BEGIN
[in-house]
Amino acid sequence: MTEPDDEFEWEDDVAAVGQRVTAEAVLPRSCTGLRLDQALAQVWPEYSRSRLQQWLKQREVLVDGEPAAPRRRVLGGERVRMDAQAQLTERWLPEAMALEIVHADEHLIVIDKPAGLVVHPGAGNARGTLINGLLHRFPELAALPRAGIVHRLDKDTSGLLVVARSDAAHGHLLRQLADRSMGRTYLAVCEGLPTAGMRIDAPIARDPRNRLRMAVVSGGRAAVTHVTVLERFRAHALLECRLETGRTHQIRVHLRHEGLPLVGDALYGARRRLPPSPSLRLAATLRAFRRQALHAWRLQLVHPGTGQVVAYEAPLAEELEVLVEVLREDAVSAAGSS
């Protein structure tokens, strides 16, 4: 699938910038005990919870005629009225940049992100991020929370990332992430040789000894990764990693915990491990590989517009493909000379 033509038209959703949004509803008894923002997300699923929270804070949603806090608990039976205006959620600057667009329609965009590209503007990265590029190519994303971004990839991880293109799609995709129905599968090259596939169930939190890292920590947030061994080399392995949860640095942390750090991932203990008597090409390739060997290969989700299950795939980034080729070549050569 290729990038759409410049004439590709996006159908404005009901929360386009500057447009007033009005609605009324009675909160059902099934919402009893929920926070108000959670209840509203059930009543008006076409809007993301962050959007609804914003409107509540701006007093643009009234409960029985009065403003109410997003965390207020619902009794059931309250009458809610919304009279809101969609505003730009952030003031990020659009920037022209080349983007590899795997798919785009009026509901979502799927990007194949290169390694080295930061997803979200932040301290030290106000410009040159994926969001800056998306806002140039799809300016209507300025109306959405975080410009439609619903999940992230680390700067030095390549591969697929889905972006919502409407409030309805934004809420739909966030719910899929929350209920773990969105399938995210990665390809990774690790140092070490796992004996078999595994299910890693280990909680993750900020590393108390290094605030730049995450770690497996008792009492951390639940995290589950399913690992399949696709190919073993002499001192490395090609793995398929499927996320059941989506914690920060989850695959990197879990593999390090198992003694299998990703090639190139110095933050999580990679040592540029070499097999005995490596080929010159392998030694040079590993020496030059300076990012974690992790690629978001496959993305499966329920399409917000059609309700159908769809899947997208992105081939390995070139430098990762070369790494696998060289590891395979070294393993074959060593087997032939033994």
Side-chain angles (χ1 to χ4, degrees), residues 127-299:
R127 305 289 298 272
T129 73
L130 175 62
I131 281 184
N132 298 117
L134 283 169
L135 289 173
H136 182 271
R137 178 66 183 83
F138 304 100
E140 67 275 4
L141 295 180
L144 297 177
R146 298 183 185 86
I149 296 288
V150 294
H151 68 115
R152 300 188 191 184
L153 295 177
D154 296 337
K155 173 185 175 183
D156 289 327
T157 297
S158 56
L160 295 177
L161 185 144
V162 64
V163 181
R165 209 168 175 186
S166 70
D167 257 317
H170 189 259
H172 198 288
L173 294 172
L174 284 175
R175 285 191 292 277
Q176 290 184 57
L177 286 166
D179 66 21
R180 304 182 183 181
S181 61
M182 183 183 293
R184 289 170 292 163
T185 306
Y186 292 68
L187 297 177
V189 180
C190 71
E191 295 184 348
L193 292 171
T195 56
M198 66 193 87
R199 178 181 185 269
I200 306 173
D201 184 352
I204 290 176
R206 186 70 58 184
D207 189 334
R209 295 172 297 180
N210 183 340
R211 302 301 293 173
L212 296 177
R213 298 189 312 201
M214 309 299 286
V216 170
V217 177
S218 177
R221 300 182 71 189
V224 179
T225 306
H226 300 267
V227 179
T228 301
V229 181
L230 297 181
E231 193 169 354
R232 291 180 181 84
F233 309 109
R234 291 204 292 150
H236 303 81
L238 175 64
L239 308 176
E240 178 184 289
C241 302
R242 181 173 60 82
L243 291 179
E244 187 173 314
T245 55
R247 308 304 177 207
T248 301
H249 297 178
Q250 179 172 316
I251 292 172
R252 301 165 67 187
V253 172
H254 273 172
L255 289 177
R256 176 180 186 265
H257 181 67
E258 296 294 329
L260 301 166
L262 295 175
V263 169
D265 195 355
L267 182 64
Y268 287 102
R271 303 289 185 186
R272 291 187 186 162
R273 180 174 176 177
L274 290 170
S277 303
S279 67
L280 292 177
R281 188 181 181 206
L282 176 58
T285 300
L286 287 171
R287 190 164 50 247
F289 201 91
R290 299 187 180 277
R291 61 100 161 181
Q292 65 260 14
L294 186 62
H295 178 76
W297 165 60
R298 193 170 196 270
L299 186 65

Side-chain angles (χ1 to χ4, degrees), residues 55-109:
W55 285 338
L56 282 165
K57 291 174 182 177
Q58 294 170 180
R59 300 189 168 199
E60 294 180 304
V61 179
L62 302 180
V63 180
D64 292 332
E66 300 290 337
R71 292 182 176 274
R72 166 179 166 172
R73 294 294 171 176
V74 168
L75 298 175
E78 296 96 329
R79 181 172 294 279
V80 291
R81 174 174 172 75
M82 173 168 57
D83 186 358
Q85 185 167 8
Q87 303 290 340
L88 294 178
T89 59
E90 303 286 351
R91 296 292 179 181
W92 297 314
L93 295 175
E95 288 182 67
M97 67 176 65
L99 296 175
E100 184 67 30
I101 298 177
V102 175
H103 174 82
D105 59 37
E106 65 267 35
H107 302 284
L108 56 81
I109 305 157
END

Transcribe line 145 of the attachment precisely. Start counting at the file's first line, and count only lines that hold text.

R72 166 179 166 172